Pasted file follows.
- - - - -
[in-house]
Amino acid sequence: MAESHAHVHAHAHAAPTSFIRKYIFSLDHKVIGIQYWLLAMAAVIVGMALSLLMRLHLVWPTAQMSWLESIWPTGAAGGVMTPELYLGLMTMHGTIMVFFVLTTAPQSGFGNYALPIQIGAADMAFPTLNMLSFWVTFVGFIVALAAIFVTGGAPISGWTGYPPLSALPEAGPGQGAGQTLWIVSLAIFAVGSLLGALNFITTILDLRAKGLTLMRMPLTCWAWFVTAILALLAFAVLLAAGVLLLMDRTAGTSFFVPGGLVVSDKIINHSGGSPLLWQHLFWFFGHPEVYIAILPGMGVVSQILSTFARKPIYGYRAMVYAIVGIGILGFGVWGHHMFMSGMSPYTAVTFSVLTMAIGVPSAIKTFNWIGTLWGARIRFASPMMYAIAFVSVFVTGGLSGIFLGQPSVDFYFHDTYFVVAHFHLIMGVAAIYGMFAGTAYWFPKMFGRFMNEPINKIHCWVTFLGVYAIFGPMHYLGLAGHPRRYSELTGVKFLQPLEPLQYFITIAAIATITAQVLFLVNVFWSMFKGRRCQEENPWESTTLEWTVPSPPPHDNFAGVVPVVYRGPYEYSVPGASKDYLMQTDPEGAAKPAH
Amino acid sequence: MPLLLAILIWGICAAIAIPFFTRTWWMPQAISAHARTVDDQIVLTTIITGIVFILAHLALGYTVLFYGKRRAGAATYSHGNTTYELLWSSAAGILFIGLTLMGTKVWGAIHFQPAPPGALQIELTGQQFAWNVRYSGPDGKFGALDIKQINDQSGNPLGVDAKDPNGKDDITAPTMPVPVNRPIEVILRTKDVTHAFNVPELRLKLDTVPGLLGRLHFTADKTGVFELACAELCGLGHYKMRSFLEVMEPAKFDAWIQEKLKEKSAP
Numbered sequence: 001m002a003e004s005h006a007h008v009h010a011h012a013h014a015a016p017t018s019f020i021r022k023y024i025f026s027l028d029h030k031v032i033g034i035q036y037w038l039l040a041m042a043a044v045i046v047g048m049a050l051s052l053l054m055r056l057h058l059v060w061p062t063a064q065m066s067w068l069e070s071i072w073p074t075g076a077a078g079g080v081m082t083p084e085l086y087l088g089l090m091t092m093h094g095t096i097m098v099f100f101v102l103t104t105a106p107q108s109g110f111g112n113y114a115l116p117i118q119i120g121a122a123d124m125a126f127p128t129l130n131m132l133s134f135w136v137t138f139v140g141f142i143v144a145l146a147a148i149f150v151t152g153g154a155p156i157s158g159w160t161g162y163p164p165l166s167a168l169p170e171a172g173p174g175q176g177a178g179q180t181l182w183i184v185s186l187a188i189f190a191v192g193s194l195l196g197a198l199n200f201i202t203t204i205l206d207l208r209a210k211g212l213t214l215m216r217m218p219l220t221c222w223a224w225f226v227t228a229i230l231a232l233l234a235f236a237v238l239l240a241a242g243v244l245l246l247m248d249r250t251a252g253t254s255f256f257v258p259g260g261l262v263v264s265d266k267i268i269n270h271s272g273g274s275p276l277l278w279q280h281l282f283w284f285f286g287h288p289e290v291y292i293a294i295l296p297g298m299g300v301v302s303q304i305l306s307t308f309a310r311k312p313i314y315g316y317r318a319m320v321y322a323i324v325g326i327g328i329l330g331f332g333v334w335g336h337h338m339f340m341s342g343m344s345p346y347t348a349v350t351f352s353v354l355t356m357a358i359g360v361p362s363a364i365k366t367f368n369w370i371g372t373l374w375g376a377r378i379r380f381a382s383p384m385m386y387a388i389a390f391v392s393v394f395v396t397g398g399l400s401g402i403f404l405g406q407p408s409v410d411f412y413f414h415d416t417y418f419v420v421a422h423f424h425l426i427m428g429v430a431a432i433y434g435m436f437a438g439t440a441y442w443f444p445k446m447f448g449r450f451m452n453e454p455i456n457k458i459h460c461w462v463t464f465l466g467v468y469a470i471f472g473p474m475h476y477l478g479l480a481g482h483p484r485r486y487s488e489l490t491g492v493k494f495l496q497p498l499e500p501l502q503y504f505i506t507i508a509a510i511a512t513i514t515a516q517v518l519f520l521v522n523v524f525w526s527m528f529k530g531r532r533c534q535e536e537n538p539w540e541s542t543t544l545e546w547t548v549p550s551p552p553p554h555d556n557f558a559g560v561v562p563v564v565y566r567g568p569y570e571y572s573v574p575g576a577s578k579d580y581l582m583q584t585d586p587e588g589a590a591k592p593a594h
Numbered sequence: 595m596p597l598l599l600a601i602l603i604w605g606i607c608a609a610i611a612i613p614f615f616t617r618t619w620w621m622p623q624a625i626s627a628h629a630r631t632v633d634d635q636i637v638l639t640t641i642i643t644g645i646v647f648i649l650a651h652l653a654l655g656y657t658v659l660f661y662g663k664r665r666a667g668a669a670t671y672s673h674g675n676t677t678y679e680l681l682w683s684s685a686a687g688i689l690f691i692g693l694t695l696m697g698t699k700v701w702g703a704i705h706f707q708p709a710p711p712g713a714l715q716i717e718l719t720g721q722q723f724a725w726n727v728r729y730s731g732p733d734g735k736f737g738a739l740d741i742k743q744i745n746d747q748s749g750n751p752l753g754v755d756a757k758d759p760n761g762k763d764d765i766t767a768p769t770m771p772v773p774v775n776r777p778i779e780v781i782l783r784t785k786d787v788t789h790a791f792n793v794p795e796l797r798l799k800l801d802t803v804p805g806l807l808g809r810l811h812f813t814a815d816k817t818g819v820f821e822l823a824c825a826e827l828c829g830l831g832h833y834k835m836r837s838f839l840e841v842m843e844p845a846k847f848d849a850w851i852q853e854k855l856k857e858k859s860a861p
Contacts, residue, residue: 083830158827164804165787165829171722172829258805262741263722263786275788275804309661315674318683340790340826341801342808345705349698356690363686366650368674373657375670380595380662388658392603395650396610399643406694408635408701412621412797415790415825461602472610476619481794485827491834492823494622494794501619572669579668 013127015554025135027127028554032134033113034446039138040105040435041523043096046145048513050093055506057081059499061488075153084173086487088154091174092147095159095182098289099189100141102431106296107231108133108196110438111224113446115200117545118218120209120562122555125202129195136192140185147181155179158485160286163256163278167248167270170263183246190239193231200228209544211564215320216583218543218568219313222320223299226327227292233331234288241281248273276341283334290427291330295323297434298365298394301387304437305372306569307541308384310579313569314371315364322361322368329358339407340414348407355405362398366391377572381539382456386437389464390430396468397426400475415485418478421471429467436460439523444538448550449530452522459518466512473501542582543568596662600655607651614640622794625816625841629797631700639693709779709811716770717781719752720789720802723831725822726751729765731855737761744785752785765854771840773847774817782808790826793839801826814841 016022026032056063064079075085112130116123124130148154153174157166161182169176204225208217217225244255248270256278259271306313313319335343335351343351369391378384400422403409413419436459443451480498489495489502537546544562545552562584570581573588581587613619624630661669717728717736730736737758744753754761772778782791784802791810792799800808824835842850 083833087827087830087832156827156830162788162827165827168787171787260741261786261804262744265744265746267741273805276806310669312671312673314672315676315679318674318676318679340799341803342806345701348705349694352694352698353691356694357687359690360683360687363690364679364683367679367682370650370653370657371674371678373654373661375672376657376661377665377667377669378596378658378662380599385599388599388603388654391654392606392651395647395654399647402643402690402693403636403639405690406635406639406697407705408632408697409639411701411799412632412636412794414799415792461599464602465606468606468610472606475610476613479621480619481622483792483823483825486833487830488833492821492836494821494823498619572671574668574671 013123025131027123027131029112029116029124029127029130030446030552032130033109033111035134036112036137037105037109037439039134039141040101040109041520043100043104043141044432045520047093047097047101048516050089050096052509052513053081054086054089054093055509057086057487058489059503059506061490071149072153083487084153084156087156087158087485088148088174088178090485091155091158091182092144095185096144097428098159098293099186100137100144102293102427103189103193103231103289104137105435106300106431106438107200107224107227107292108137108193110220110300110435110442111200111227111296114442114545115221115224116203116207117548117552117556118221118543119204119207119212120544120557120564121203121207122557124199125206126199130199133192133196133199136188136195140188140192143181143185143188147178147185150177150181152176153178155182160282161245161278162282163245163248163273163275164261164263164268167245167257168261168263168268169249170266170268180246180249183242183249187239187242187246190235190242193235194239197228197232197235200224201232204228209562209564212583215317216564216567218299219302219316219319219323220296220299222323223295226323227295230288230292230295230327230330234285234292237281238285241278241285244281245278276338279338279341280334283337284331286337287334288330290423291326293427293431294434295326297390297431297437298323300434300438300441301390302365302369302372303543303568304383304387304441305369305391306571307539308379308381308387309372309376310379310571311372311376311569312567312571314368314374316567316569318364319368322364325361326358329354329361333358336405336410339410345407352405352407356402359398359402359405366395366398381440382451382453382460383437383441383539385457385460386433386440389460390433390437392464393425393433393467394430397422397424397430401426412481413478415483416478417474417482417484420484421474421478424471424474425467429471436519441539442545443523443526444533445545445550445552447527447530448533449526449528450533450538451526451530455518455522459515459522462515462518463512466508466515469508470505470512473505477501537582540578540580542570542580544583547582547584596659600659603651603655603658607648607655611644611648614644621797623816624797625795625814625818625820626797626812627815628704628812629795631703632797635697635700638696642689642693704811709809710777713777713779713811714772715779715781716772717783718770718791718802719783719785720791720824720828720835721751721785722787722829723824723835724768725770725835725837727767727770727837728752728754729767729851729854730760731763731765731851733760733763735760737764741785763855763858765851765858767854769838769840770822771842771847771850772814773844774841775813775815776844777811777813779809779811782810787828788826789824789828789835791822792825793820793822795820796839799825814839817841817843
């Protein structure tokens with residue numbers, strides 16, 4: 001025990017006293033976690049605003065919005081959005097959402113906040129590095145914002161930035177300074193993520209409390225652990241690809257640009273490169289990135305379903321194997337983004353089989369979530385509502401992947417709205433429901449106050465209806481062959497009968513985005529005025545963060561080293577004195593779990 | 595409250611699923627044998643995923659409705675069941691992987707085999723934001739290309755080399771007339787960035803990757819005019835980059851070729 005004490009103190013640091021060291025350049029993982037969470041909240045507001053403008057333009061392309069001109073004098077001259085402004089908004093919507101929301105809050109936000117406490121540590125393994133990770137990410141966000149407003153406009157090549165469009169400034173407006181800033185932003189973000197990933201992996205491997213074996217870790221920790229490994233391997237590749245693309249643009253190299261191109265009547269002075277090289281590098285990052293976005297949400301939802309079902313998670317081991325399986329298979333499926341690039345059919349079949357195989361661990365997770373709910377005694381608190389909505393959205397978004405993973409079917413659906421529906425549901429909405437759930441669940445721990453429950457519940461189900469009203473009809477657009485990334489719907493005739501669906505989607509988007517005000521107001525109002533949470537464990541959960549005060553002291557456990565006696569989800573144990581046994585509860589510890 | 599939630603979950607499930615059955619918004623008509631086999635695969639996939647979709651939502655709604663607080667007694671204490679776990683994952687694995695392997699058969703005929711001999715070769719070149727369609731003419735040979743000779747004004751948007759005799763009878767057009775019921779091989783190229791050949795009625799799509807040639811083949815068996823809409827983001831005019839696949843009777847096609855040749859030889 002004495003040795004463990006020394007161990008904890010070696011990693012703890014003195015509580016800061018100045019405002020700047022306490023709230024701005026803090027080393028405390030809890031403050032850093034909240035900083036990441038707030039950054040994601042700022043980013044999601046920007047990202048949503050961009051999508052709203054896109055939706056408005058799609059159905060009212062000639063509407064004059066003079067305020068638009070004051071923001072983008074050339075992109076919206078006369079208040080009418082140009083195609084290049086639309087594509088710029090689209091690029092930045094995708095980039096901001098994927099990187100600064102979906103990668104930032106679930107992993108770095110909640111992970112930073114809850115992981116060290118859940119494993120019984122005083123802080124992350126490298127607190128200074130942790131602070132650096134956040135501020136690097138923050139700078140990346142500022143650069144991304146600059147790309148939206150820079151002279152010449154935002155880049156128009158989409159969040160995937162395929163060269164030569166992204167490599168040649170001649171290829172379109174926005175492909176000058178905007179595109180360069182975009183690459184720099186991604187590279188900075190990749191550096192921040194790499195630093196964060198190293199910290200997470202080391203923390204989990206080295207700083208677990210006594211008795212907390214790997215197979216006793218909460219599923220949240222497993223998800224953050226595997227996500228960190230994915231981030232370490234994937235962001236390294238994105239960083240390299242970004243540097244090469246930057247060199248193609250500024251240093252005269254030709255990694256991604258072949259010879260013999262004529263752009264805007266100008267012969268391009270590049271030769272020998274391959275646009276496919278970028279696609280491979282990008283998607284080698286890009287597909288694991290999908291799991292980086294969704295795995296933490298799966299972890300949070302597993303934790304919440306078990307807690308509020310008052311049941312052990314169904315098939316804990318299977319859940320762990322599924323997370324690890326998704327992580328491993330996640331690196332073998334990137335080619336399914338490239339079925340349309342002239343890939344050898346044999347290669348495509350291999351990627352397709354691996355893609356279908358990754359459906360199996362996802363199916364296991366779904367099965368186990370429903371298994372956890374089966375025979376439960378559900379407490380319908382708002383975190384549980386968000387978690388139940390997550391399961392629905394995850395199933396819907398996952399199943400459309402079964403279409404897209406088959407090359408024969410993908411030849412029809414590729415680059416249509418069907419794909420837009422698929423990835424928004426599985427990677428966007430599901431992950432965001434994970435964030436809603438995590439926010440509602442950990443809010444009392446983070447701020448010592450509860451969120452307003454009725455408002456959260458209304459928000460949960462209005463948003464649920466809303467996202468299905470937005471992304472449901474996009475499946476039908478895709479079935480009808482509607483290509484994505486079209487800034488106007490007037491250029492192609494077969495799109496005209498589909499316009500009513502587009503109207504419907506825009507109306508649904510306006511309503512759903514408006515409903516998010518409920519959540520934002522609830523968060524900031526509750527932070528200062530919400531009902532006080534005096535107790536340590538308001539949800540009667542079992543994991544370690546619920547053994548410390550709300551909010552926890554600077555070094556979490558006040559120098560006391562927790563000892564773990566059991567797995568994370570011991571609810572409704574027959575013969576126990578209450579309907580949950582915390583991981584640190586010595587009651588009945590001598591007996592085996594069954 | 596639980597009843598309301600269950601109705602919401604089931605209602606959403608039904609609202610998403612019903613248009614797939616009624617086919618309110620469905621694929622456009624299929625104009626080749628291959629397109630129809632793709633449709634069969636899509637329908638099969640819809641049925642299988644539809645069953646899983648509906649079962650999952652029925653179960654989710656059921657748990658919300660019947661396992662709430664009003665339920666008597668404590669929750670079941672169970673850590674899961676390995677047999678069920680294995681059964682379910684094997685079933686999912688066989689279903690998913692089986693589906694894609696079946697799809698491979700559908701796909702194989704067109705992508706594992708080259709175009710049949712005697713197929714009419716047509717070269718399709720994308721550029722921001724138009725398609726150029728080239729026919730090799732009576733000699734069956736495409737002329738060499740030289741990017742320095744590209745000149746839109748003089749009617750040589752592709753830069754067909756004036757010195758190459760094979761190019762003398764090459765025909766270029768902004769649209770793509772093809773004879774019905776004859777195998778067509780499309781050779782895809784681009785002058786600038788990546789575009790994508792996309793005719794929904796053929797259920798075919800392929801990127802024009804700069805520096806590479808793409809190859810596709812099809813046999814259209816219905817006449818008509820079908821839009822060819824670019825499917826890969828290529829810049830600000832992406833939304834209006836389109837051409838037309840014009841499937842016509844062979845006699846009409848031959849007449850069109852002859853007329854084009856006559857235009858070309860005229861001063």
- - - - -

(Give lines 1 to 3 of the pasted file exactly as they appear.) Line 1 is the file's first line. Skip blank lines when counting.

[in-house]
Amino acid sequence: MAESHAHVHAHAHAAPTSFIRKYIFSLDHKVIGIQYWLLAMAAVIVGMALSLLMRLHLVWPTAQMSWLESIWPTGAAGGVMTPELYLGLMTMHGTIMVFFVLTTAPQSGFGNYALPIQIGAADMAFPTLNMLSFWVTFVGFIVALAAIFVTGGAPISGWTGYPPLSALPEAGPGQGAGQTLWIVSLAIFAVGSLLGALNFITTILDLRAKGLTLMRMPLTCWAWFVTAILALLAFAVLLAAGVLLLMDRTAGTSFFVPGGLVVSDKIINHSGGSPLLWQHLFWFFGHPEVYIAILPGMGVVSQILSTFARKPIYGYRAMVYAIVGIGILGFGVWGHHMFMSGMSPYTAVTFSVLTMAIGVPSAIKTFNWIGTLWGARIRFASPMMYAIAFVSVFVTGGLSGIFLGQPSVDFYFHDTYFVVAHFHLIMGVAAIYGMFAGTAYWFPKMFGRFMNEPINKIHCWVTFLGVYAIFGPMHYLGLAGHPRRYSELTGVKFLQPLEPLQYFITIAAIATITAQVLFLVNVFWSMFKGRRCQEENPWESTTLEWTVPSPPPHDNFAGVVPVVYRGPYEYSVPGASKDYLMQTDPEGAAKPAH
Amino acid sequence: MPLLLAILIWGICAAIAIPFFTRTWWMPQAISAHARTVDDQIVLTTIITGIVFILAHLALGYTVLFYGKRRAGAATYSHGNTTYELLWSSAAGILFIGLTLMGTKVWGAIHFQPAPPGALQIELTGQQFAWNVRYSGPDGKFGALDIKQINDQSGNPLGVDAKDPNGKDDITAPTMPVPVNRPIEVILRTKDVTHAFNVPELRLKLDTVPGLLGRLHFTADKTGVFELACAELCGLGHYKMRSFLEVMEPAKFDAWIQEKLKEKSAP